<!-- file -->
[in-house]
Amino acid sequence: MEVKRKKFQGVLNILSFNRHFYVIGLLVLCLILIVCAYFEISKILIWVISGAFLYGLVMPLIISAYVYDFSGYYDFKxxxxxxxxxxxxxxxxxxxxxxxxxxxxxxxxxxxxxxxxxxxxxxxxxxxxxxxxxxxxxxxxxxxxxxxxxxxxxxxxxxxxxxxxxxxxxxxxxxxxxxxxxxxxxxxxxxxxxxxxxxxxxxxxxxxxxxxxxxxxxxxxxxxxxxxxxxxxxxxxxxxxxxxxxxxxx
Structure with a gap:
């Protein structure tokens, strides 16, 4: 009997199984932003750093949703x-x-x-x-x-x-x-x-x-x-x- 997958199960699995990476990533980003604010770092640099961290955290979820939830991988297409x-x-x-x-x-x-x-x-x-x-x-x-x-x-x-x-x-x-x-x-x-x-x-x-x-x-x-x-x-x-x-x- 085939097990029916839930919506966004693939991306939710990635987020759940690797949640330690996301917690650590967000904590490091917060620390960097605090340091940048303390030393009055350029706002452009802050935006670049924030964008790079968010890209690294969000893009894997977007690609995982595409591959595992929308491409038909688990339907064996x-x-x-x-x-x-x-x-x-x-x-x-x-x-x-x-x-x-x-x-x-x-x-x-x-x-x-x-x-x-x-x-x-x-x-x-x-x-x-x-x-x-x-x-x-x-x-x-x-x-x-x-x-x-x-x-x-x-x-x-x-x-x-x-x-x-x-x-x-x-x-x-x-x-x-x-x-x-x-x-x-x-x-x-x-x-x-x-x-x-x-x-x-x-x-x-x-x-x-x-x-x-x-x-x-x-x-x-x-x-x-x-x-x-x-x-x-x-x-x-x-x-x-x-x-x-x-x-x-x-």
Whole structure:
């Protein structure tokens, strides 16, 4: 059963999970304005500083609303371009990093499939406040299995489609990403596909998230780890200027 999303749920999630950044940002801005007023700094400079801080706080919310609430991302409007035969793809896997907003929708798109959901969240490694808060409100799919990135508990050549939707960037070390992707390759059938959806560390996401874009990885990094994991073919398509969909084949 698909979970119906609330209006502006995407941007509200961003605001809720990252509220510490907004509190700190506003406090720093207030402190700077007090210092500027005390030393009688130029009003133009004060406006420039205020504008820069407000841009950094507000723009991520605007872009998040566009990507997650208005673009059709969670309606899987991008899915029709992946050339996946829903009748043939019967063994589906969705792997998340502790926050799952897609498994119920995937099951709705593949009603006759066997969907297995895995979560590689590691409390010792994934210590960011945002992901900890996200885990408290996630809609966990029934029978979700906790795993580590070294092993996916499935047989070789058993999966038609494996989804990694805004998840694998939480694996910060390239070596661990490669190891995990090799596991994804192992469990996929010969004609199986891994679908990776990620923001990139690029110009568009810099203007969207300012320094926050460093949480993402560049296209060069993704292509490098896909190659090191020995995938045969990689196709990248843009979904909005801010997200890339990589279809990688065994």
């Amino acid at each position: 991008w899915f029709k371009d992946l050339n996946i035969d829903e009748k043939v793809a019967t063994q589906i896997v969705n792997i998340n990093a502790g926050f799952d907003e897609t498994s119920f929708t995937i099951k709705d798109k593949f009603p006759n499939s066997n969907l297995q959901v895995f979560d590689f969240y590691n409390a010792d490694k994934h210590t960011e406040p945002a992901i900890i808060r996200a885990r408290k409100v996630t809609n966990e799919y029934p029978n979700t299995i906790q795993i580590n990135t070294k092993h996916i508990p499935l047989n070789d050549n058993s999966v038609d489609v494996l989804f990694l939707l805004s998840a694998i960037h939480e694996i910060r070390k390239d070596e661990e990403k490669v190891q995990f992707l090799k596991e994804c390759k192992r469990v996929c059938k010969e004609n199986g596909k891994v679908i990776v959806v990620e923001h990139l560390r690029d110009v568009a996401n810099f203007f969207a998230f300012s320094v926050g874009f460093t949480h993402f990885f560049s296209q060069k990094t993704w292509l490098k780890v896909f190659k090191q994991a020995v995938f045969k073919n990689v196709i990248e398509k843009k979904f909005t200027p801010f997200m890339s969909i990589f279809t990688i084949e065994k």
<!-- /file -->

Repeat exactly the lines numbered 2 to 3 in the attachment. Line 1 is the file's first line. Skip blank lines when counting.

Amino acid sequence: MEVKRKKFQGVLNILSFNRHFYVIGLLVLCLILIVCAYFEISKILIWVISGAFLYGLVMPLIISAYVYDFSGYYDFKxxxxxxxxxxxxxxxxxxxxxxxxxxxxxxxxxxxxxxxxxxxxxxxxxxxxxxxxxxxxxxxxxxxxxxxxxxxxxxxxxxxxxxxxxxxxxxxxxxxxxxxxxxxxxxxxxxxxxxxxxxxxxxxxxxxxxxxxxxxxxxxxxxxxxxxxxxxxxxxxxxxxxxxxxxxxx
Structure with a gap: